Rental Property Investment: A Smart Alternative to the Stock Market, or Not?

rental properties or the stock marketInvesting in the stock market may be safer than investing in the lottery, but it definitely is not for the faint of heart. Riding high one day may mean a big crash the next. Investors are known to be fickle and not immune to mass panic attacks. Before you even have time to react, much of the value of your investment is wiped out.

Real estate may be an attractive alternative. Especially if it can be purchased at a historically low price. Real estate prices have recovered in most of parts of the country after the unprecedented drop of the late 2000s, but there are still some good buys out there.

And what about buying real estate not to live in but to rent out? That way you own an asset that will hopefully appreciate in value while at the same time earning an income that is likely more than the current yield in today’s low-interest environment. After all, if you buy a residential property for $100,000 and rent it out for $1,000 per month, you will be earning $12,000 for the year, or 12%. Not a bad rate of return.

I’m not saying it isn’t a sound idea, but before you run out and put in that offer, here are a few points to consider.

Will you have to borrow to make this investment? This isn’t necessarily a bad thing. Mortgage interest rates are among the most favorable around. And if your mortgage payments are $500 per month, you are still making $500 cash. Basically your tenant is paying your mortgage, and you get to keep the property once the mortgage is paid off. You may own investments that you could cash in so that you don’t have to borrow to buy the property, but you will have to weigh the advantages and disadvantages carefully. Holding onto the investment may be more financially rewarding than selling it simply to avoid paying the mortgage payments.

Tax considerations. A rental property is treated as commercial from a tax standpoint. This is beneficial in many ways. You can claim the mortgage interest as an expense. Any costs to improve the property are either expenses (minor, immediate repairs) or capital improvements (major, long term). Yes, if you sell the property, you will have to pay capital gains tax if you hopefully sell it for more than you paid, but you can deduct from that gain the cost of capital improvements, legal fees, commissions.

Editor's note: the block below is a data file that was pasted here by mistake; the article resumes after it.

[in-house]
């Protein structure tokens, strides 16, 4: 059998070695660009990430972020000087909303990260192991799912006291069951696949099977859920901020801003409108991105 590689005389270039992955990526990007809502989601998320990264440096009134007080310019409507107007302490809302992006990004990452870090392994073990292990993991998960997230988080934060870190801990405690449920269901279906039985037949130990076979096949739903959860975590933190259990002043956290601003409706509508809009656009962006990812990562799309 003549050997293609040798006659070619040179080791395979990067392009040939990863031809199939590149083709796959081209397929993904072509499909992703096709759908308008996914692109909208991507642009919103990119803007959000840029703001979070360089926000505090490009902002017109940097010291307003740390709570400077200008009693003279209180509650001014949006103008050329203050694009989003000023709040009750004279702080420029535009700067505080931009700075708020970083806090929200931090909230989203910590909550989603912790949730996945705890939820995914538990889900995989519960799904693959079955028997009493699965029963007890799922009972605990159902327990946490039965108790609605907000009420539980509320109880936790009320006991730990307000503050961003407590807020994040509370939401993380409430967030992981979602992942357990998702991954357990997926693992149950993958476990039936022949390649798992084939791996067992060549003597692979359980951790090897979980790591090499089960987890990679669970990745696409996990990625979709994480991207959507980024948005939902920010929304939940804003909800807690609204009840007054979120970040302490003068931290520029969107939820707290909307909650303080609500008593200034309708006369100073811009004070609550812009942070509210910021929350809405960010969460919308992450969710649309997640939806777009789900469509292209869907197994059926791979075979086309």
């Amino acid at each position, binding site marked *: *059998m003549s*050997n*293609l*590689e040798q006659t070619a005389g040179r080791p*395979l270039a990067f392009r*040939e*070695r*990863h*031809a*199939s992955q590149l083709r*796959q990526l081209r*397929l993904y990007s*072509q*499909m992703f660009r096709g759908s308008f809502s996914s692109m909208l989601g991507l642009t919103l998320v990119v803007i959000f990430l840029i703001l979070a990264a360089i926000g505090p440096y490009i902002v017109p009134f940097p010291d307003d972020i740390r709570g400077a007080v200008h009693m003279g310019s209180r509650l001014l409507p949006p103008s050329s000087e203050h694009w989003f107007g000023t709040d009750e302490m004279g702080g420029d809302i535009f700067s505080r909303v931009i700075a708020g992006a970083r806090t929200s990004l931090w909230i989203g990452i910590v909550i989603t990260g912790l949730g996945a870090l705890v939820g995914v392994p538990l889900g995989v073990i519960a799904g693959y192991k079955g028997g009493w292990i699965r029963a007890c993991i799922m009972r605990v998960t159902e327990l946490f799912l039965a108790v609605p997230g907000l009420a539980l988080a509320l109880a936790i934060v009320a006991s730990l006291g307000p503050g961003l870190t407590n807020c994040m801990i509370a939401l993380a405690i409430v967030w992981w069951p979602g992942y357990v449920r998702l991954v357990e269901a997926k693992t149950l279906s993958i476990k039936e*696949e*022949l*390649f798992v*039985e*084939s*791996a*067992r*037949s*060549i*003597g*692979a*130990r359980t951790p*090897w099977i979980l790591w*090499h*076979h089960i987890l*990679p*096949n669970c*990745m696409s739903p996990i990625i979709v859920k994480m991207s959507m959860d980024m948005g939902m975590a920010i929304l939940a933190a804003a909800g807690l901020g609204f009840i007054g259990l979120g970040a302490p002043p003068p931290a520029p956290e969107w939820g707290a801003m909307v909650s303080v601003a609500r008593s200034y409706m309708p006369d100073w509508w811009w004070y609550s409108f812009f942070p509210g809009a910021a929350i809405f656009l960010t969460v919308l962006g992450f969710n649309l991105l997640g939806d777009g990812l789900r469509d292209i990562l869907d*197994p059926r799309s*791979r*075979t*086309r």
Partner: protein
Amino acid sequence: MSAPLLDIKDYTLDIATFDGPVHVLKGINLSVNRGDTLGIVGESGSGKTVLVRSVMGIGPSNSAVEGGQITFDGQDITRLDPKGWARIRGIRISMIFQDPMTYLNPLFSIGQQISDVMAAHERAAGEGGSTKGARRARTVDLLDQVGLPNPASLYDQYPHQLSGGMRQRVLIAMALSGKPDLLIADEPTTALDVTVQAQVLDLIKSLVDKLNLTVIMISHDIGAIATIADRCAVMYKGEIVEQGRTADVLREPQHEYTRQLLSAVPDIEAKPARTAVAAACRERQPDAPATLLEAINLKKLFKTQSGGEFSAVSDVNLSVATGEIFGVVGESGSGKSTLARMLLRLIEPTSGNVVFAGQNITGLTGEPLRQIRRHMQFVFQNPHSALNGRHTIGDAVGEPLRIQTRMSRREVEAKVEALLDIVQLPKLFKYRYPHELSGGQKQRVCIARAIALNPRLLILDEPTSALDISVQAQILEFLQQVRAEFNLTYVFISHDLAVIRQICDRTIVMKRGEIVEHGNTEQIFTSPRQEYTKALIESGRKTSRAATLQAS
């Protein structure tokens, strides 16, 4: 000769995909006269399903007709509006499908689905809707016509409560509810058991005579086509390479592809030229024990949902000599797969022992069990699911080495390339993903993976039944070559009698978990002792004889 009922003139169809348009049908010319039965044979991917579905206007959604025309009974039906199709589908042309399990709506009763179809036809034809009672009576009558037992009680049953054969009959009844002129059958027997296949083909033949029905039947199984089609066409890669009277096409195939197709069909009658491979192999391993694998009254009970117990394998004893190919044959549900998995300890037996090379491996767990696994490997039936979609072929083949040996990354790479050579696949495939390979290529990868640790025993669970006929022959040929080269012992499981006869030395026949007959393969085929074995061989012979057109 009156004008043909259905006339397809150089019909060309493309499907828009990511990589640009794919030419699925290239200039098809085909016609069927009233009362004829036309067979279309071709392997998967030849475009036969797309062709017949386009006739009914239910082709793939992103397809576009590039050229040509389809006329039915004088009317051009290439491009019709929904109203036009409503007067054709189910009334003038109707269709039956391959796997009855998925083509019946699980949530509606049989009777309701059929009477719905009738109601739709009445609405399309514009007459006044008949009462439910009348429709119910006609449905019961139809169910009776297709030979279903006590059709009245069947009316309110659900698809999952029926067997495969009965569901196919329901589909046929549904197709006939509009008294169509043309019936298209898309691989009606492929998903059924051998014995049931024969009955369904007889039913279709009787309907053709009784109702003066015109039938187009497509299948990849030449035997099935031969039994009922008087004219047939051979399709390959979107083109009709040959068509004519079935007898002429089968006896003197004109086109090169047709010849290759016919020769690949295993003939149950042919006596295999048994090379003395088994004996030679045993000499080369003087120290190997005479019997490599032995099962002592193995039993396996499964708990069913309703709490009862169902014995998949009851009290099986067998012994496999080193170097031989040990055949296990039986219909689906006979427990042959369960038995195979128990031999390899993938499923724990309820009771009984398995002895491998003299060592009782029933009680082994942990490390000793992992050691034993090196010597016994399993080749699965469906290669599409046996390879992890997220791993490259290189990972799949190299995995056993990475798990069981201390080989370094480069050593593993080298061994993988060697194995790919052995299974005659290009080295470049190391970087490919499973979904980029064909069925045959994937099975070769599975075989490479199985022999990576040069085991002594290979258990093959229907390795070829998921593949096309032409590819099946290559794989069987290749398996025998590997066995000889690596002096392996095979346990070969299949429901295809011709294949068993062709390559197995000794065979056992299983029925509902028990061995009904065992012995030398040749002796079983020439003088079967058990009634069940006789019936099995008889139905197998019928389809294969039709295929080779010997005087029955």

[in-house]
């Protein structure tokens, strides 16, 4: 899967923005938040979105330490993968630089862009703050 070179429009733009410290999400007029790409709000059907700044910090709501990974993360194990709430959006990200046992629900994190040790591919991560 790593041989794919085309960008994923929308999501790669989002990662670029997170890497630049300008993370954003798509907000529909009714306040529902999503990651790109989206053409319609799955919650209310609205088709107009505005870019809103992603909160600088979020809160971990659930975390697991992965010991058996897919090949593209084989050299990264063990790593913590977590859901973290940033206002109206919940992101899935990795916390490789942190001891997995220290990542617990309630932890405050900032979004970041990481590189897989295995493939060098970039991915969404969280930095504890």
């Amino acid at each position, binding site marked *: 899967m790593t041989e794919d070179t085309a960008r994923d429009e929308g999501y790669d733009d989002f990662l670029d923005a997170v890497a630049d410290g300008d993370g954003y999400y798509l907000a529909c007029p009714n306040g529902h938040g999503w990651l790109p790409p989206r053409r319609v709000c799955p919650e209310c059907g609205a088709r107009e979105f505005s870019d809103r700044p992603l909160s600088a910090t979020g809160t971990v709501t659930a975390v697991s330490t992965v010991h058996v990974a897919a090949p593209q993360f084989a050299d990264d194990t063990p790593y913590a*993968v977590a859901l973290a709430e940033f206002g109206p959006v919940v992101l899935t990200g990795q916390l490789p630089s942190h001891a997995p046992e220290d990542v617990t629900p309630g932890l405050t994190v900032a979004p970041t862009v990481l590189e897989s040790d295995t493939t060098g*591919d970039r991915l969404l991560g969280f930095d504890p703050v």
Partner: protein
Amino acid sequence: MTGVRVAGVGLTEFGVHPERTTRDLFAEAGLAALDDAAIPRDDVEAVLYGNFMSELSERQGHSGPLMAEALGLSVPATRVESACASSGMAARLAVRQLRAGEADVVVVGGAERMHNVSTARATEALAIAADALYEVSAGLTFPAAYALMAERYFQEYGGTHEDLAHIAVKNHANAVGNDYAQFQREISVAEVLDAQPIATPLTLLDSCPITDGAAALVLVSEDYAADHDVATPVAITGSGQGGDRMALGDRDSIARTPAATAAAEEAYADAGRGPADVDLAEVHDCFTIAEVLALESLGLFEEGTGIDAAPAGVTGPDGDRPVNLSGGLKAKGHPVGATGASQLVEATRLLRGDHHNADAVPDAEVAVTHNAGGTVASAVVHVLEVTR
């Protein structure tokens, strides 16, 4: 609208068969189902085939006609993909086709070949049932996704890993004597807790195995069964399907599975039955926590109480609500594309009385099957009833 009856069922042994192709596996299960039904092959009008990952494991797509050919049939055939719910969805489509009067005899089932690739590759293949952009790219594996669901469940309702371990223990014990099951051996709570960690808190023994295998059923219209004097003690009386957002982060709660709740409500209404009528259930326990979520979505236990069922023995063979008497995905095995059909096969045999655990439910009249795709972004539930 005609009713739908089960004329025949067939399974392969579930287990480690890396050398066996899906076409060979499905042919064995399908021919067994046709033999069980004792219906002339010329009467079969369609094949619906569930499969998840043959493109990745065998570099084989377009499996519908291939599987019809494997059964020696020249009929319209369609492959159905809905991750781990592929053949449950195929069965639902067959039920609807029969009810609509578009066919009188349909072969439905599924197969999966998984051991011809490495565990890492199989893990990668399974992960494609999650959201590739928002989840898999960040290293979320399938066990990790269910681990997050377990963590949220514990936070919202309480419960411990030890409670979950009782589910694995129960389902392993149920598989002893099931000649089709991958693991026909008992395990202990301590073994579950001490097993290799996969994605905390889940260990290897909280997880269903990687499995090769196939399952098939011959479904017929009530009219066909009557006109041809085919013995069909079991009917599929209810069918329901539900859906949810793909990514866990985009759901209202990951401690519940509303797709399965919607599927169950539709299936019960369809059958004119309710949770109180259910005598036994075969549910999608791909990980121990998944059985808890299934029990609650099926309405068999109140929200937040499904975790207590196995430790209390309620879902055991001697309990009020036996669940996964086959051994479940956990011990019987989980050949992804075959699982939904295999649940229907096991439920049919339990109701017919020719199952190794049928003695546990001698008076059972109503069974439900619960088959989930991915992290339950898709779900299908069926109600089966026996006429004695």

Insurance. Insurance on a rental property is often pricier than on the residential property that you call home. From the insurance company’s standpoint, it is riskier. Tenant and landlord may have a disagreement; the tenant may take it out on the property. Many tenants really don’t care about the property as it doesn’t belong to them so they are not likely to take care of it as well as the owner would. Liability risks are higher with people other than the owner living on the property.

Good tenants, bad tenants. Screening prospective tenants is like rolling dice, though there are steps you can take to protect yourself during this critically important step. Ask for references from previous landlords. What are their income sources? Check them out on social media sites such as Facebook (you can learn a lot from their choice of friends and their posts – are they partyers?) Go with your gut feeling. If they look like clubhouse bouncers when you first meet them; you may want to consider a few more applications. Good tenants are a dream. They pay the rent on time, complain only when it is warranted.

Some of them take pride in their home, rental or not, and may actually make improvements at their expense. They keep the grounds neat and tidy. But bad tenants are like characters out of the worst Halloween horror flick. They don’t pay their rent on time – or at all; turn your hard-won property into the social hub of the neighborhood, or worse yet, a grow-op. Evicting them can be a drawn-out ordeal, involving court orders and sheriffs … meanwhile, your house is deteriorating in value, and you are not receiving any income from it. You may be stuck with their hefty utility bills when they finally leave. You will wish you had never bought the property to begin with!